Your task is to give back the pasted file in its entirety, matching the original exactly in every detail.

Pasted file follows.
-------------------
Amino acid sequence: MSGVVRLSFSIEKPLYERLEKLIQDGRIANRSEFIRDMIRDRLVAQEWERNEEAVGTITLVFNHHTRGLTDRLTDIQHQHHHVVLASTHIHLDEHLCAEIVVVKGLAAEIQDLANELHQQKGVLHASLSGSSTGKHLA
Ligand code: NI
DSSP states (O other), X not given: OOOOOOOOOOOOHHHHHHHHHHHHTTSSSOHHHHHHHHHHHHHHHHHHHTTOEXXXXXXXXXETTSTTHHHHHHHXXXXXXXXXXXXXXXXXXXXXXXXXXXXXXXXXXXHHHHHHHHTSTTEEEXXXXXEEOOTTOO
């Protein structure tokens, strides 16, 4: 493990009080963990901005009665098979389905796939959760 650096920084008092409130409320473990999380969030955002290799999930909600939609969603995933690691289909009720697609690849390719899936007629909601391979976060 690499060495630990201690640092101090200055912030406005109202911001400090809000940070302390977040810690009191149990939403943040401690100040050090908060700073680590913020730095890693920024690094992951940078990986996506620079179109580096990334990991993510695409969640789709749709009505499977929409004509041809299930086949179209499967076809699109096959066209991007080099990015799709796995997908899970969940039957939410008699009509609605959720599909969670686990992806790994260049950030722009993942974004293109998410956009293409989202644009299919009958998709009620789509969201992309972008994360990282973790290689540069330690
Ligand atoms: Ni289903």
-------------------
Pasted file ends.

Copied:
Amino acid sequence: MSGVVRLSFSIEKPLYERLEKLIQDGRIANRSEFIRDMIRDRLVAQEWERNEEAVGTITLVFNHHTRGLTDRLTDIQHQHHHVVLASTHIHLDEHLCAEIVVVKGLAAEIQDLANELHQQKGVLHASLSGSSTGKHLA
Ligand code: NI
DSSP states (O other), X not given: OOOOOOOOOOOOHHHHHHHHHHHHTTSSSOHHHHHHHHHHHHHHHHHHHTTOEXXXXXXXXXETTSTTHHHHHHHXXXXXXXXXXXXXXXXXXXXXXXXXXXXXXXXXXXHHHHHHHHTSTTEEEXXXXXEEOOTTOO
């Protein structure tokens, strides 16, 4: 493990009080963990901005009665098979389905796939959760 650096920084008092409130409320473990999380969030955002290799999930909600939609969603995933690691289909009720697609690849390719899936007629909601391979976060 690499060495630990201690640092101090200055912030406005109202911001400090809000940070302390977040810690009191149990939403943040401690100040050090908060700073680590913020730095890693920024690094992951940078990986996506620079179109580096990334990991993510695409969640789709749709009505499977929409004509041809299930086949179209499967076809699109096959066209991007080099990015799709796995997908899970969940039957939410008699009509609605959720599909969670686990992806790994260049950030722009993942974004293109998410956009293409989202644009299919009958998709009620789509969201992309972008994360990282973790290689540069330690
Ligand atoms: Ni289903």